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Women's menstrual cycles

The menstrual cycle is an important part of a woman's life. It is a series of changes the woman body has to undergo in order to prepare for pregnancy. The menstrual cycle has three phases: the follicular phase, ovulation, and the luteal phase. The first day of the menstrual cycle is the first day of the menstrual bleeding. The average cycle lasts 28 days, but it usually differs from woman to woman and it is completely normal to have a shorter or longer cycle.

Each month the uterus prepares a new lining for a fertilized egg so it can nestle down into the uterine wall for implantation. When fertilization does not take place, the uterus sheds its lining and together with blood is excluded. This is the monthly menstrual bleeding (also called menstrual period) women experience from their early teen years until menopause.

A girl's first menstruation, called also menarche, occurs usually around the age of 12-13 years, but it is considered to be normal between the ages 8 and 16. The menstrual cycle evolves continually, some of the changes are slow and some are sudden and in the end it stops completely. Menopause is the term for permanent discontinuance of the menstrual cycle at the end of a woman's reproductive life.

Hot flashes, changes in sleep patterns, night sweats, migraines or headaches, high energy or loss of energy, untypical tiredness and mood changes are some of the signs of menopause. Usually women enter the process of menopause between the ages of 40 and 55 but some women experience early menopause, which occurs before the age of 40. Genetics are largely responsible for the age of menopause. A reason for early menopause can be cancer treatment, autoimmune conditions, thyroid problems and other health problems. Menopause, caused by a hormonal unbalance is reached when menstruation has fully stopped for at least one year. The menopause process lasts from approximately 6 months to up to 3 years.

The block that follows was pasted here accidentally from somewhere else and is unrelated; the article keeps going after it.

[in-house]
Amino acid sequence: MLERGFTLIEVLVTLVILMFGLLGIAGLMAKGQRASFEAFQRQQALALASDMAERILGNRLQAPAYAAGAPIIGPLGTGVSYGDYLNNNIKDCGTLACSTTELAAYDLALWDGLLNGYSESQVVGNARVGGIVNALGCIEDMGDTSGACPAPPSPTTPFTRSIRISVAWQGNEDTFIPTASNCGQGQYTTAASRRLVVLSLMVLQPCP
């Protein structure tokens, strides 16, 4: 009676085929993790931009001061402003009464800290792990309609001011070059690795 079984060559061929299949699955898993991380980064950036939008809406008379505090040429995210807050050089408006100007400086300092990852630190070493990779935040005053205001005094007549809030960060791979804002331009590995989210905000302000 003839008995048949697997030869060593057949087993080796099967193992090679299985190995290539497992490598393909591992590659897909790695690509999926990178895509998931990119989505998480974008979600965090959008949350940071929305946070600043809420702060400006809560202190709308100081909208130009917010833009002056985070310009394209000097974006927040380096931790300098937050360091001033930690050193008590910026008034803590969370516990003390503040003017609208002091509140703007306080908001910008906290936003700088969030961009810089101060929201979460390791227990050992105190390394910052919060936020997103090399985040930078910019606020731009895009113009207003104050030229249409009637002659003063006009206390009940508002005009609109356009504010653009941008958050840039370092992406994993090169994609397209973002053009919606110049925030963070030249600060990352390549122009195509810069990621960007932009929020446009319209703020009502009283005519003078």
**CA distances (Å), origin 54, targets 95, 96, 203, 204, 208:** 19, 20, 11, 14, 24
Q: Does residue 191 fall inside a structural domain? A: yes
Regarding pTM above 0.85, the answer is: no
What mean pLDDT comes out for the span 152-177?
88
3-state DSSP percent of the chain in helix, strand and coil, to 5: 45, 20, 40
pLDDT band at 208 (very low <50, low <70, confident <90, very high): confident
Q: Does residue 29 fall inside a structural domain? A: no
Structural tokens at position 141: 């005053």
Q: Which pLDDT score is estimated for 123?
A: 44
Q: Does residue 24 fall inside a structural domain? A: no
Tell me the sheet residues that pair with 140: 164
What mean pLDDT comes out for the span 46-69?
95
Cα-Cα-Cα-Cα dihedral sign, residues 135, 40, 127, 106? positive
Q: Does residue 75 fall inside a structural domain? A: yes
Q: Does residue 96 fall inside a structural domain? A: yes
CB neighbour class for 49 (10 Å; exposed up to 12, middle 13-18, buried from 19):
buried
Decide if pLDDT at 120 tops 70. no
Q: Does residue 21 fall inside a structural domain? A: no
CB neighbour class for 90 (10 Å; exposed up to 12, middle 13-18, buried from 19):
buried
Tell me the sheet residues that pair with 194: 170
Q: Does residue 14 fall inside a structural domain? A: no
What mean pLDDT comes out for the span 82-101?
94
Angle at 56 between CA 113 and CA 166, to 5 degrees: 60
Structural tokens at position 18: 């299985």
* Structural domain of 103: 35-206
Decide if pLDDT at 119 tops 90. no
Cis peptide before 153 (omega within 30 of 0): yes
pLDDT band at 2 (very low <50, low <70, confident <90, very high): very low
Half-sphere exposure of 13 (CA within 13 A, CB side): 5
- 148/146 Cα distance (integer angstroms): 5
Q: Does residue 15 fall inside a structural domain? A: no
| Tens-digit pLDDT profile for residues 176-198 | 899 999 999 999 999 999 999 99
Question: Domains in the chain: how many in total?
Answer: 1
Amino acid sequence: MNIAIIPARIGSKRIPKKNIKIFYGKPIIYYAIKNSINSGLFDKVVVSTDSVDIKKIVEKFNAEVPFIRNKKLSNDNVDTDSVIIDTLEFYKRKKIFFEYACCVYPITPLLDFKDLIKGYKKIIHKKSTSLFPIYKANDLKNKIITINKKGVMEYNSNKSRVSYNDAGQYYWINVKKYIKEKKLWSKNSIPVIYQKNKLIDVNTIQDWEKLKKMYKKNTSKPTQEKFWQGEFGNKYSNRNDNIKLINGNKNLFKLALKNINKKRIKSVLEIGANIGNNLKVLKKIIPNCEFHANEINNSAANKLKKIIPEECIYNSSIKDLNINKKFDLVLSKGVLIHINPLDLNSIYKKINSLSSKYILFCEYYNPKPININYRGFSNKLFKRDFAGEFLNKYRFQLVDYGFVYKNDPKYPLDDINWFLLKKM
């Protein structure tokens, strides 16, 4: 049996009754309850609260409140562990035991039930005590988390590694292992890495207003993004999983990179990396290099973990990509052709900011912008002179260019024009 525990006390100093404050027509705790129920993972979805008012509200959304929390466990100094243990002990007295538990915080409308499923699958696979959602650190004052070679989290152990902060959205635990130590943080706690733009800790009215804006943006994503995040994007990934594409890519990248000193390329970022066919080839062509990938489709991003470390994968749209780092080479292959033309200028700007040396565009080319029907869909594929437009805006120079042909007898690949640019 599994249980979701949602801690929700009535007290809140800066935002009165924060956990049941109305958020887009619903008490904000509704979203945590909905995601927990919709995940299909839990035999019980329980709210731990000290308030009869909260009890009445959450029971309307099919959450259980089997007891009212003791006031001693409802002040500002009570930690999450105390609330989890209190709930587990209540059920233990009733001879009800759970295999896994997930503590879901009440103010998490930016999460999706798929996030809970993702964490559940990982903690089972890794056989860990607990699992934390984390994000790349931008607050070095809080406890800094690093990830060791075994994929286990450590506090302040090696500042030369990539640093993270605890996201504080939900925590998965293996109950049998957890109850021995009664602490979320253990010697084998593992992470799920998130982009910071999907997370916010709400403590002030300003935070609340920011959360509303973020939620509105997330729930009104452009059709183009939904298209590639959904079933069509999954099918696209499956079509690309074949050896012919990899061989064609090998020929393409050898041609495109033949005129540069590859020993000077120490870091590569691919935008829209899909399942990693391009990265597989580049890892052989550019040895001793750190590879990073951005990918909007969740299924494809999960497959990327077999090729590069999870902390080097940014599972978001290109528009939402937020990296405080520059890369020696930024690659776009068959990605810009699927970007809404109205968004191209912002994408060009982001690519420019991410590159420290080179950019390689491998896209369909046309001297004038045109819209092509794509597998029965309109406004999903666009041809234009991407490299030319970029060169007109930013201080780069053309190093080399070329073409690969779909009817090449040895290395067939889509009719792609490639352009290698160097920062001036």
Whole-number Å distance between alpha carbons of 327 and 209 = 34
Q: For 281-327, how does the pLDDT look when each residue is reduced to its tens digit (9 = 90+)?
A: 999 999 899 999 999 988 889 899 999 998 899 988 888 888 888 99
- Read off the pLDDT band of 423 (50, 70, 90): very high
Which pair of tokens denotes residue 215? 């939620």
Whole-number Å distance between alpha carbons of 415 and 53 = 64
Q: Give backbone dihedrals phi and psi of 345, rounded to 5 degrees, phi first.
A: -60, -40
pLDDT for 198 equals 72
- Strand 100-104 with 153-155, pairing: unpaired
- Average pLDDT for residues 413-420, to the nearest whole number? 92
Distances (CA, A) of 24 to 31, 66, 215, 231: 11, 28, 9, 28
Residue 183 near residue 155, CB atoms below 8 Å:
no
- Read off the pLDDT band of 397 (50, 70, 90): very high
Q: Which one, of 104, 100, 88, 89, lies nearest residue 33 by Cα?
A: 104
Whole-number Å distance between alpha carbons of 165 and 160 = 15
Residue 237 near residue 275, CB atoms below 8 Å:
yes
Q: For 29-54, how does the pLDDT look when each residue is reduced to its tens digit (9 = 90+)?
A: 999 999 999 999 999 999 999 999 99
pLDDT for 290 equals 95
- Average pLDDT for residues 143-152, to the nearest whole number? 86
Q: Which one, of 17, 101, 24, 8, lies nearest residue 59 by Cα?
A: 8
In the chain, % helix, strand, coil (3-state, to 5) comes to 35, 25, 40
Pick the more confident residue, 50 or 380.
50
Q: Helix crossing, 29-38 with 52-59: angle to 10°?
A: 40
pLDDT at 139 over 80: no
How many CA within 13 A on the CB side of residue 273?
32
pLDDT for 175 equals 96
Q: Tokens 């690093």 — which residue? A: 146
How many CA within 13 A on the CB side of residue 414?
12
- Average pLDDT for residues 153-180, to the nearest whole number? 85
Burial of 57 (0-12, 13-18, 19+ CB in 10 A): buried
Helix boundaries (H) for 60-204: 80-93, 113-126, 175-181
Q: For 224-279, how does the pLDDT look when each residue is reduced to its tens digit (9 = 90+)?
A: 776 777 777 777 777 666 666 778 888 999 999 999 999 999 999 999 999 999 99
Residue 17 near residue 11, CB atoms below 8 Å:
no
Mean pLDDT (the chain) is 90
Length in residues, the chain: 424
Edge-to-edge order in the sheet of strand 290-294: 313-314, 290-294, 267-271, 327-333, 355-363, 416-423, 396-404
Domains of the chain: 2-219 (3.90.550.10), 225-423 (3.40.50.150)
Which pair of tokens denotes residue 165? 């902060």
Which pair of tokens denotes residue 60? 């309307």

The length of a woman's menstrual cycle will typically vary, some cycles are shorter and some are longer. A regular menstrual cycle is considered to be when the variations of the cycle length are less than 8 days between her longest cycles and shortest cycles. Length variation between 8 and 20 days is considered as moderately irregular cycles. Variation of 21 days or more is considered very irregular.

Irregular menstrual cycles

If you have an irregular cycle (that means a cycle which has a length variation of more than 21 days) then unfortunately it is not possible to predict when your next period will arrive. Predicting periods is never completely precise because even if you are usually regular it does not automatically mean that the next period will be on time. However this menstruation and ovulation calendar will enable you to get a pretty good idea of when to expect your next menstruation.

Menstrual cycle control

Hormones estrogen and progesterone are the most important for the menstrual cycle. Estrogen is responsible for building the uterus lining. The level of progesterone is increased after ovulation (when an ovary releases an egg) which takes place approximately in the middle of the cycle. Progesterone helps estrogen to keep the lining thick and ready for the fertilized egg. At the beginning of the period a drop in progesterone together with estrogen causes the lining to break down. The hormone levels can be affected by the woman's fertility or her period cycle. Other factors which can have impact on the cycle are birth control pills, low body fat, weight loss, overweight, extensive exercise or stress.

Myths about menstruation

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